CalculatorSample^ calcobj = ref new  CalculatorSample();
 txtAddResult->Text = calcobj->Add(10,20).ToString();

So from the C++ application, we are calling the C++ Windows Runtime Component DLL. This is all native code. C++ calling C++ and everything is ref counted.

Compiler options: /ZW enable WinRT language extensions /AI<dir> add to assembly search path <dir> is the folder where the compiler searches the winmd files /FU<file> forced using assembly/module force the inclusion of the specified winmd file /D "WINAPI_FAMILY=2" set this define to compile against the ModernSDK subset of Win32

Linker options: /APPCONTAINER[:NO] marks the executable as runnable in the appcontainer (only) /WINMD[:{NO|ONLY}] emits a winmd; if "ONLY" is specified, does not emit the executable, but just the winmd /WINMDFILE:filename name of the winmd file to emit /WINMDDELAYSIGN[:NO] /WINMDKEYCONTAINER:name /WINMDKEYFILE:filename used to sign the winmd file

However, in a Metro style app or Windows Runtime component, all the C++ code is native. The /ZW compiler option causes the Component Extensions to be compiled for Windows Runtime. The /cli compiler option causes them to be compiled for C++/CLI. Currently, C++/CLI is not supported for Metro style apps

Code snippet of the complete MainPage class.

 // MainPage.xaml.cpp
 // Implementation of the MainPage.xaml class.

 #include "pch.h"
 #include "MainPage.xaml.h"
 using namespace Windows::UI::Xaml;
 using namespace Windows::UI::Xaml::Controls;
 using namespace Windows::UI::Xaml::Data;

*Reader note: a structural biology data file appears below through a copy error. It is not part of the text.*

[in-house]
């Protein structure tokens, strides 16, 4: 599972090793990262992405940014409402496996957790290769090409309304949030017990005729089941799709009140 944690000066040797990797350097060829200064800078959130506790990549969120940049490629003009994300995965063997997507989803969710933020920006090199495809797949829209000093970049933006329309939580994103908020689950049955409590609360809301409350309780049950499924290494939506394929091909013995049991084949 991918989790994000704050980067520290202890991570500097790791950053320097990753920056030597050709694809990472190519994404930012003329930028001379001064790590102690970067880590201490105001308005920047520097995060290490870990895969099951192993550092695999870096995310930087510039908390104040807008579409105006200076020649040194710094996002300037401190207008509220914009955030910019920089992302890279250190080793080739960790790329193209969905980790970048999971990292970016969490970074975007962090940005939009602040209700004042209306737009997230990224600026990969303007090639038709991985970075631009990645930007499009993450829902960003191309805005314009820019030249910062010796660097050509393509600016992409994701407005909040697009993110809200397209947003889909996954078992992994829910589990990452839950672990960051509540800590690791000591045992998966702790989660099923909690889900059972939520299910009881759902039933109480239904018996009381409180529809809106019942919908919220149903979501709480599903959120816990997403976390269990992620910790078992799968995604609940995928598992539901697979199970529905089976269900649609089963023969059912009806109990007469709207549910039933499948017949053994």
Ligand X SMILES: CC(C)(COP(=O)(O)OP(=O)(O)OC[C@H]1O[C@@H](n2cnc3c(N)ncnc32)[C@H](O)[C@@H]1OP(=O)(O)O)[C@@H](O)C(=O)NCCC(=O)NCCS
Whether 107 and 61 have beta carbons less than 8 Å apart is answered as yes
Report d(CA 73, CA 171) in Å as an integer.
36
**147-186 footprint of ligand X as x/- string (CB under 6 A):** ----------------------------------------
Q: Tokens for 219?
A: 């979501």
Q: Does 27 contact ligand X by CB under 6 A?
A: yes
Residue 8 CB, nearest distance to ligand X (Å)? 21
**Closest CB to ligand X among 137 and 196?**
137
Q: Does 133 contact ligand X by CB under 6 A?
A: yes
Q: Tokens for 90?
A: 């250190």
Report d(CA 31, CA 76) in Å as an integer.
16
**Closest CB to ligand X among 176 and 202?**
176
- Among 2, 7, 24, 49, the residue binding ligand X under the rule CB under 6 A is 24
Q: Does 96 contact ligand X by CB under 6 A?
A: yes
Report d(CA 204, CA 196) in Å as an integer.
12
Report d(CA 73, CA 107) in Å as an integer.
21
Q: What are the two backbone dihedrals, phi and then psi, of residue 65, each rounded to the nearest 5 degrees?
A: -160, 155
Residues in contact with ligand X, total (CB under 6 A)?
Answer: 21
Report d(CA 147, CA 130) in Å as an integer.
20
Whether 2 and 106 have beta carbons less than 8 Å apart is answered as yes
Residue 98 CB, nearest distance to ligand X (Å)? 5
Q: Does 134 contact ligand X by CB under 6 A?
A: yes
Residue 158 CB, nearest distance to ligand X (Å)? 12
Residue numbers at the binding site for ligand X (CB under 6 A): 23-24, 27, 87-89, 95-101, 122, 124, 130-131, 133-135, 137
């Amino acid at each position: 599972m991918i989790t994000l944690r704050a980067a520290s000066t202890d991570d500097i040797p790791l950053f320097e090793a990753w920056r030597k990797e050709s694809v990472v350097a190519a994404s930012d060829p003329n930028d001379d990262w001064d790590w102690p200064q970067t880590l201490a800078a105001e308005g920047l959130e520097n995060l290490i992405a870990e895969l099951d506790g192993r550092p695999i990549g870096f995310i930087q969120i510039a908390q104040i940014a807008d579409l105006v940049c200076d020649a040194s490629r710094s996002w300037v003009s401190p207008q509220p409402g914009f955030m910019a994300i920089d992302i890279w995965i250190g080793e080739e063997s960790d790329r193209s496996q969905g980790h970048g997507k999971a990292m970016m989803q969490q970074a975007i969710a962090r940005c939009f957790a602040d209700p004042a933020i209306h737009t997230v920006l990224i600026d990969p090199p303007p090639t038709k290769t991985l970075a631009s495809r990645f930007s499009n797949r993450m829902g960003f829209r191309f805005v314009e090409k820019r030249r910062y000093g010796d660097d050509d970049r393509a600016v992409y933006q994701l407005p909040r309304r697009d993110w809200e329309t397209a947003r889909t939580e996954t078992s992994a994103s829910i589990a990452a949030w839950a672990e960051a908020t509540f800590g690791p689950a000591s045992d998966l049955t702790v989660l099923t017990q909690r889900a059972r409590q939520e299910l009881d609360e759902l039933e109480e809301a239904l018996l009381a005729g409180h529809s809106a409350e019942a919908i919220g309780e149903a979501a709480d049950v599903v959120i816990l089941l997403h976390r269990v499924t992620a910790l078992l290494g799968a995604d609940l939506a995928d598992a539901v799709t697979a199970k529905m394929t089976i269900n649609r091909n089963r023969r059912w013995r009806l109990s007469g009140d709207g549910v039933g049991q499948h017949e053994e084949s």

using namespace CPPApplication1;
 using namespace CppWinRTComponentDll;
				      CalculatorSample^ calcobj = ref newCalculatorSample();
     txtAddResult->Text = calcobj->Add(10,20).ToString();    int result;
     HRESULT hr = calcobj->__cli_Add(20,30,&result);
     txtAddResult->Text = result.ToString();
 } MainPage::~MainPage()

All Windows Runtime types derive from the universal base class Platform::Object. There is therefore an implicit conversion from any Windows Runtime object to Platform::Object.

Code snippet of the XAML page.

<UserControl x:Class="CPPApplication1.MainPage"






     d:DesignHeight="768" d:DesignWidth="1366">

    <Grid x:Name="LayoutRoot" Background="#FF0C0C0C">

        <TextBox x:Name="txtAddResult" HorizontalAlignment="Left" Text="TextBox" VerticalAlignment="Top" Margin="343,90,0,0" Width="212"/>

        <TextBlock HorizontalAlignment="Left" TextWrapping="Wrap" Text="Calling C++ component Add method from C++ XAML Application" VerticalAlignment="Top" Margin="81,90,0,0" Height="45" Width="258" FontSize="14" FontWeight="Bold"/>    </Grid>


Build the solution and deploy the application. The application output is as follows.image

Configuration settings

Enable Windows Runtime Extensions enables the runtime extensions throughout the type system which includes the ability to do Boxing. I.e. Boxing to WinRT type system. Every fundamental types and WinRT types are derived from Platform.Object.image

heap-allocated objects with heap semantics

Calculator^ calc = ref new Calculator(); // Calculator is a ref class from a custom WinRT component

txtResult->Text = calc->Add(10, 20).ToString();